“My sin was being indigenous, leftist, and anti-imperialist”

In capitalist society… democracy is always hemmed in by the narrow limits set by capitalist exploitation.

V. I. Lenin (1917)

As the brutal coup in Bolivia has yet again demonstrated, these suffocating limits on democracy are even narrower in nations under the boot of imperialism and neocolonialism.

Under the leadership of President Evo Morales and his party, MAS (Movement to Socialism), the poor and indigenous people of Bolivia have made enormous gains: lifting millions out of poverty, improving literacy, reducing unemployment, nationalising their natural gas reserves, and making Bolivia the fastest-growing economy in the region.

In direct reaction to these incredible successes, a fascist reaction has reared its ugly head. Much as in Venezuela, this opposition represents the organised white colonial reaction, enraged to see their privilege and authority being eroded. As ever, these minority forces are propped up and orchestrated by the US empire, against the majority of the people and their will.

Immediately following Morales’ re-election in October the right wing denounced the vote as illegitimate (while so far producing no evidence to support their claim). An explosion of fascistic violence erupted in the subsequent days and weeks, primarily targeting socialists, indigenous people, and labour organisers. In the face of this right-wing terror, and pushed by the military, the democratically elected president was forced to resign.

In the words of Morales himself, “my sin was being indigenous, leftist, and anti-imperialist.” His most offensive error was taking control of the country’s resources to utilise them for the people’s benefit, rather than that of foreign corporations. Under MAS’s leadership, Bolivia was undertaking the industrialisation of its lithium production, moving towards an economy based on producing value-added commodities rather than wallowing in chronic dependence on exporting raw materials and importing finished products.

Latin American countries (indeed all neo-colonial countries) have been dealing with this kind of structurally exploitative economic relationship with the imperial core for decades, and only left-wing movements led by the likes of Evo Morales and Hugo Chávez have pointed the way forward.

In order to hold fast this endemic exploitation, the dictatorial right-wing government now in power promises to reimpose the monopoly control of capitalist conglomerates over the country’s valuable resources—namely, the second-largest concentration of lithium on the planet. Global demand for the mineral is skyrocketing, and this trend is expected to continue.

The illegal ousting of Morales and his ministers comes one week after they broke off a lithium deal with the German corporation ACISA. In a recent statement, the company expressed its confidence that “our lithium project will be resumed after a phase of political calmness and clarification”—to translate: calm and clear for capital, terror and destitution for people.

That dozens of Bolivians have already been massacred in the streets in order to ensure Western domination of this increasingly prized mineral demonstrates the horrifying reality of Marx’s pronouncement that at birth “capital comes dripping from head to foot, from every pore, with blood.”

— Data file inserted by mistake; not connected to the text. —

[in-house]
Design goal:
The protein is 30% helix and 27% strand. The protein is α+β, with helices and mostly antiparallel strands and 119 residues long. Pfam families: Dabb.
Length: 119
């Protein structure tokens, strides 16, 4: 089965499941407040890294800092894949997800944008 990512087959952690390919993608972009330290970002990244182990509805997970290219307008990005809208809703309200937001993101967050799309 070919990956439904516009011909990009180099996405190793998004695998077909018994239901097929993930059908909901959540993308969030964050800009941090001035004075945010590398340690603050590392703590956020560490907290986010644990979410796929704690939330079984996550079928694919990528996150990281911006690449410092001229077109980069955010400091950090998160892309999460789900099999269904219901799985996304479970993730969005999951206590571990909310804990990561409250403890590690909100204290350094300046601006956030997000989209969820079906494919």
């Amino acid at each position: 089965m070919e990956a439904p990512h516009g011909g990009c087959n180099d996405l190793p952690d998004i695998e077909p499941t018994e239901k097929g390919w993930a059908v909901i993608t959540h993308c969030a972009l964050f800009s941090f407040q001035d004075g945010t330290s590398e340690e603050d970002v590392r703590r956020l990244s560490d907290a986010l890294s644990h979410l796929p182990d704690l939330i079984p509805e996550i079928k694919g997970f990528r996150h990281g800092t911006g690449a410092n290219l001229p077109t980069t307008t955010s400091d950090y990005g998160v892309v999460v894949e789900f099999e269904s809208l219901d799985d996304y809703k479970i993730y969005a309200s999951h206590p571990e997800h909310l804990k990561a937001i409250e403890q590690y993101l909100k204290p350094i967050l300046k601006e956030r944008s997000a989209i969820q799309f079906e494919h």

The electronic technologies created with this blood-soaked lithium will no doubt be marketed by Western companies as “eco-friendly” and “sustainable”; but the reality for our planet and its people is quite different. If total environmental collapse is to be averted we must seize economic and political power from the self-destructive capitalist class. The people of Bolivia have set out on that revolutionary path, reclaiming the land and resources that the imperialists have stolen and freeing it from the pressures of capitalist competition and overproduction.

Western corporations, watching mineral-rich Bolivia and foaming at the mouth, were furious that a few million politically conscious workers, peasants and indigenous people should so substantially affect their profit margins. The people of Bolivia are now experiencing their unforgiving revenge.

But the militant organising of the Bolivian masses has amply demonstrated their refusal to accept counter-revolution, having tasted the fruits of an alternative to neo-liberal, imperial domination.

The stakes of this struggle are truly global in nature. Those who stand against the left government in Bolivia stand against the struggle for climate justice and the survival of our planet. Only with the democratic ownership of the world’s major industries and resources can we move towards a sustainable relationship with the earth, such as Cuba has been pioneering.

Ravenous for short-term profit, and tied to the laws of competition, the capitalists in power will not allow even the destruction of our planet to upset constant accumulation and growth. But victories against their power are possible, as the people of Bolivia have demonstrated, and only by their renewed success can other countries hope to follow in rejecting the rule of corporate imperialism and monopoly capitalism and finally forge a socialist path.

Sources and further reading

  • Common Dreams, “Bolivian coup comes less than a week after Morales stopped multinational firm’s lithium deal,” at https://tinyurl.com/tt4wngh
  • Telesur, “Bolivia: Morales to industrialize lithium for battery experts,” at https://tinyurl.com/ta33oa7
  • V. I. Lenin, The State and Revolution, chap. 5.
  • Karl Marx, Capital, vol. 1, chap. 31.